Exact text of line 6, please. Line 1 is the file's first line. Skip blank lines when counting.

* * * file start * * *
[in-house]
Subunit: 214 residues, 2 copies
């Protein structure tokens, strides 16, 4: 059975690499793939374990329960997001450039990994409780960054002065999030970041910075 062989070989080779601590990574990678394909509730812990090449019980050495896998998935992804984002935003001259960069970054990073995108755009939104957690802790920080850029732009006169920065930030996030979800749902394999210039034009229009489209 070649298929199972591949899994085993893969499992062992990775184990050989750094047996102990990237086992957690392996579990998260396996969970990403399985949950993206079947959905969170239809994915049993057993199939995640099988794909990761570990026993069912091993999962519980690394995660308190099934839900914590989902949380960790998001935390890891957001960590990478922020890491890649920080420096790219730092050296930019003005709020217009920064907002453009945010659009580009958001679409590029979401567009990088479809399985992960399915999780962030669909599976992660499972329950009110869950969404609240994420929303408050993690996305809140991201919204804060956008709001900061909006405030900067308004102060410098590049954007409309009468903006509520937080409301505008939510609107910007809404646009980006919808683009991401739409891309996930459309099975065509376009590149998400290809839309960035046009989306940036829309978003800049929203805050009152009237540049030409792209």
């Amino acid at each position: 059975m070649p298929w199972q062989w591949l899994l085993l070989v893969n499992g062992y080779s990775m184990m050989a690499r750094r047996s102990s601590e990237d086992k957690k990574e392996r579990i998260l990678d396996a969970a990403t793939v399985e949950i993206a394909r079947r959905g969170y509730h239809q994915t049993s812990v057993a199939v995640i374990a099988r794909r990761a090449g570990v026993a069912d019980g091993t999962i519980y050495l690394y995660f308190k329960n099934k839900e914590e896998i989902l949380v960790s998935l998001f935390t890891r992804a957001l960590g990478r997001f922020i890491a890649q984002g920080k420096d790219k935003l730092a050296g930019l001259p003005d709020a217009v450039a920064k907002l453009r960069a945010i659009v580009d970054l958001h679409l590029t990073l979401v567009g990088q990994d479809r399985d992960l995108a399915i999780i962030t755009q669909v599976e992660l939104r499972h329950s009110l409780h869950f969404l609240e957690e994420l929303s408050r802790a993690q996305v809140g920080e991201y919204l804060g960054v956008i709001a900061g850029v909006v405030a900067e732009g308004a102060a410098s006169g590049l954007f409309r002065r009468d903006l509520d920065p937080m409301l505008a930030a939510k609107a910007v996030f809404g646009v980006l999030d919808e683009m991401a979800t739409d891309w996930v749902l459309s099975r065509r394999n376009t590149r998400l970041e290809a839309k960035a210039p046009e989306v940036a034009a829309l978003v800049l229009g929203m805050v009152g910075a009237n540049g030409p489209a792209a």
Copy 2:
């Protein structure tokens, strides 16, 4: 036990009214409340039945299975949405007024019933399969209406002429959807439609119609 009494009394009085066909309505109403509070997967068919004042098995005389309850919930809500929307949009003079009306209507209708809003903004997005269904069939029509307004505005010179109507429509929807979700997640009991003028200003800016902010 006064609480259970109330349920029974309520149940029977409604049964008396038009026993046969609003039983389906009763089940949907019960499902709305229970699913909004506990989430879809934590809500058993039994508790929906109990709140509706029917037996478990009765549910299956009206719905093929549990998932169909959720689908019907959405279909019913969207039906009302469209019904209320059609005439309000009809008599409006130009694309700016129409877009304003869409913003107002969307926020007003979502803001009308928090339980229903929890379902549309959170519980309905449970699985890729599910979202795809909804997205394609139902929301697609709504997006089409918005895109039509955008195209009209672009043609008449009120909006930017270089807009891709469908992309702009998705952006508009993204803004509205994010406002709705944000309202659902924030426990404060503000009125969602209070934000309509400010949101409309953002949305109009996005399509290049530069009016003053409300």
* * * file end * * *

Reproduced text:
């Protein structure tokens, strides 16, 4: 036990009214409340039945299975949405007024019933399969209406002429959807439609119609 009494009394009085066909309505109403509070997967068919004042098995005389309850919930809500929307949009003079009306209507209708809003903004997005269904069939029509307004505005010179109507429509929807979700997640009991003028200003800016902010 006064609480259970109330349920029974309520149940029977409604049964008396038009026993046969609003039983389906009763089940949907019960499902709305229970699913909004506990989430879809934590809500058993039994508790929906109990709140509706029917037996478990009765549910299956009206719905093929549990998932169909959720689908019907959405279909019913969207039906009302469209019904209320059609005439309000009809008599409006130009694309700016129409877009304003869409913003107002969307926020007003979502803001009308928090339980229903929890379902549309959170519980309905449970699985890729599910979202795809909804997205394609139902929301697609709504997006089409918005895109039509955008195209009209672009043609008449009120909006930017270089807009891709469908992309702009998705952006508009993204803004509205994010406002709705944000309202659902924030426990404060503000009125969602209070934000309509400010949101409309953002949305109009996005399509290049530069009016003053409300």